|Fort Frederica on St. Simons Island|
The first tells the story of the British Raid on St. Simons Island and the other the virtually unknown story of the Battle of the St. Mary's, the last land battle of the War of 1812.
Georgia was the focus of the last campaign of the War of 1812. As a major British army moved against New Orleans in December 1814, a second amphibious force struck Cumberland Island on the Georgia Coast. Commanded by Rear Admiral George Cockburn, the same officer who had burned Washington, D.C., British forces landed on Cumberland on January 11, 1815. Two days later they took the U.S. Army battery and fort at Point Petre (Point Peter) near St. Mary's in a small but sharp battle.
|Slave cabin on a plantation raided by the British in 1815.|
Old Fort Frederica, on the west side of the island, became the command post for the operation and was the scene of one of the largest military emancipations of slaves in Georgia history.
To learn more about the raid on St. Simons Island, please visit www.exploresouthernhistory.com/stsimons1812.
|Sailing vessel on the St. Mary's River|
On February 24, 1815, the British Royal Marines and sailors were attacked by U.S. Army troops and "Patriot" revolutionaries from Spanish Florida in what is known as the Battle of the St. Mary's. The action took place after the Battle of New Orleans, the Battle of Point Petre (Point Peter) and the Second Battle of Fort Bowyer, all of which have been labeled by various historians as the last battle of the War of 1812. So far as is known, however, British and American land forces never fought against each other again after the Battle of the St. Mary's.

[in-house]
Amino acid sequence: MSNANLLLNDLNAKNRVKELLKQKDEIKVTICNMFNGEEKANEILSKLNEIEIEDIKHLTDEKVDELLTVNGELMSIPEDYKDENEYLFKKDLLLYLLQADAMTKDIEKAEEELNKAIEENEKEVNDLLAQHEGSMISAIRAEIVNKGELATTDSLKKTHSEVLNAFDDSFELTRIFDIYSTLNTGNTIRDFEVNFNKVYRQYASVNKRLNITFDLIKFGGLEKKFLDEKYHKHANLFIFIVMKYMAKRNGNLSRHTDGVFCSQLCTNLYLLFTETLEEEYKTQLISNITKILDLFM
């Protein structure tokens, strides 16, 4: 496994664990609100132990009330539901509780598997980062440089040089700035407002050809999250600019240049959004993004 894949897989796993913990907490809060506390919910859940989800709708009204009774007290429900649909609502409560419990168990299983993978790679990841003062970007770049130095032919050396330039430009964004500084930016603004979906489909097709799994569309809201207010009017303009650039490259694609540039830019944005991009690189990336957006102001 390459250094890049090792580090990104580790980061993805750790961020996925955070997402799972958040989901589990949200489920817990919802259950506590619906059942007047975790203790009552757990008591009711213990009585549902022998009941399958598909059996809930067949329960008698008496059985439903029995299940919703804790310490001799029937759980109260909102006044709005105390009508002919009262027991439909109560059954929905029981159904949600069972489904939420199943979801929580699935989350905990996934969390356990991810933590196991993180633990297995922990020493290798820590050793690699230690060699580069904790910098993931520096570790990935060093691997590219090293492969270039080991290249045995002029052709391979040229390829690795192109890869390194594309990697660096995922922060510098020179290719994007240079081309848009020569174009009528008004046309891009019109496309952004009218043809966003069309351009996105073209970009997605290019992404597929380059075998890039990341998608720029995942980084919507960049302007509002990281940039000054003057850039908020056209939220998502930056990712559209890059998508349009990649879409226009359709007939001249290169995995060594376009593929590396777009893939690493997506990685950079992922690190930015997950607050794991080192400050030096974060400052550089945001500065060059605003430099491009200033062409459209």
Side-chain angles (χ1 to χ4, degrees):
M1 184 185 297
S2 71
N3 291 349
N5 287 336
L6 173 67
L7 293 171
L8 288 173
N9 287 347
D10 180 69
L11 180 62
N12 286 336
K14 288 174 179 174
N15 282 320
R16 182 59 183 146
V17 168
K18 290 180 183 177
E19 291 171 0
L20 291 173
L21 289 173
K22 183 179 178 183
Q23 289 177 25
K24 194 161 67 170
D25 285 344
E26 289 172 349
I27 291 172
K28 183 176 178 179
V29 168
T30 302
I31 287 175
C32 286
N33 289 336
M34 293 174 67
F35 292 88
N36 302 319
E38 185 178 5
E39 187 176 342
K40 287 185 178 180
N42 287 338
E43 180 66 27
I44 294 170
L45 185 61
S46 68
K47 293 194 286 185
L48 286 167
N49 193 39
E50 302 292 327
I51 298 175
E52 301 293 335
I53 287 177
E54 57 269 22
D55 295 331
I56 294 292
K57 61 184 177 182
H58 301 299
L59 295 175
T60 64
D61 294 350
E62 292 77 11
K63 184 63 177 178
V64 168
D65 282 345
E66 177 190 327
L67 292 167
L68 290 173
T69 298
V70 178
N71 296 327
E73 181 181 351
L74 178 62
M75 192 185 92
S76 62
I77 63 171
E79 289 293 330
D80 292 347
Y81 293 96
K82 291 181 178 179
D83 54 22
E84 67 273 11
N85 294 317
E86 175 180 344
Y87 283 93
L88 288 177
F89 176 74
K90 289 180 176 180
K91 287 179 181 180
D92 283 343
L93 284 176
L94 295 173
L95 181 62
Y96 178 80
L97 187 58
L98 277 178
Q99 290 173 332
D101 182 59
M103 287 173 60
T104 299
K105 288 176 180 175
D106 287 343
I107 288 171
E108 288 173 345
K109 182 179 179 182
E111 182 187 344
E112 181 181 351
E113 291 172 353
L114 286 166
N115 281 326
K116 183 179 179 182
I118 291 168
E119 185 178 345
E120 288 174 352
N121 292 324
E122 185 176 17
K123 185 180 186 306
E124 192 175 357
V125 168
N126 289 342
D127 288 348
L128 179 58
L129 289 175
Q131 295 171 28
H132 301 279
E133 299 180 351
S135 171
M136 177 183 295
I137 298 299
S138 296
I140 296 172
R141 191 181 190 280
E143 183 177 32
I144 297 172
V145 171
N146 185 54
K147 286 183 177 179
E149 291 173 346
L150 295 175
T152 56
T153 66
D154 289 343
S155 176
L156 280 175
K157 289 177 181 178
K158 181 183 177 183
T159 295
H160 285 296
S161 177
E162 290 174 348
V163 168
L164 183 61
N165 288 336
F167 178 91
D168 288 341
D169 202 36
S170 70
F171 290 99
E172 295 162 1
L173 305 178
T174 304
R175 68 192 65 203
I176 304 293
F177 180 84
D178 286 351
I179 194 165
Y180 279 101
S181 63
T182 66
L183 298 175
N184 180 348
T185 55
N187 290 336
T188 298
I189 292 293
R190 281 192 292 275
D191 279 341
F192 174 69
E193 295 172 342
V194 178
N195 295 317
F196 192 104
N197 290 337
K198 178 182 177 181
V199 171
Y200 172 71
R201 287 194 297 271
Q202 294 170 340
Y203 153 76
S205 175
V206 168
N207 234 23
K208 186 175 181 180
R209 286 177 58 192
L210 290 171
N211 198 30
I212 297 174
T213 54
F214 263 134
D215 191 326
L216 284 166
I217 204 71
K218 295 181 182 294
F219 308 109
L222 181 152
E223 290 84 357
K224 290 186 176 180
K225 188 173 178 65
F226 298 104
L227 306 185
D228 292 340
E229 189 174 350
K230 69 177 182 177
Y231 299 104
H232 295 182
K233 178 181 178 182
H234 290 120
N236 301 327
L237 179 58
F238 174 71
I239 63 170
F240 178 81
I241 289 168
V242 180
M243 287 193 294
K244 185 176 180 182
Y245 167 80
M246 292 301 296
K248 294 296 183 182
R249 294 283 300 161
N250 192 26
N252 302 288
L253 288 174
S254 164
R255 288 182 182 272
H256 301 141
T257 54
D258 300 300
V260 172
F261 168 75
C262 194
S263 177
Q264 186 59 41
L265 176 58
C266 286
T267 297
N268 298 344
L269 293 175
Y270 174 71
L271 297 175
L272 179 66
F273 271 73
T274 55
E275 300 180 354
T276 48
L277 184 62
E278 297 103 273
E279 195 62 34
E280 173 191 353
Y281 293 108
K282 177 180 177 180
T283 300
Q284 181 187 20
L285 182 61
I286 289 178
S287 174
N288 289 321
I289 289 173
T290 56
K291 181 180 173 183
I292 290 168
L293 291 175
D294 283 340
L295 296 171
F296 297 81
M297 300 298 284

To learn more about the Battle of the St. Mary's, please visit www.exploresouthernhistory.com/stmarysbattle.
Don't forget, you can read about dozens of other Georgia historic sites anytime at www.exploresouthernhistory.com. Just scroll down the page to the index and look for the Georgia section.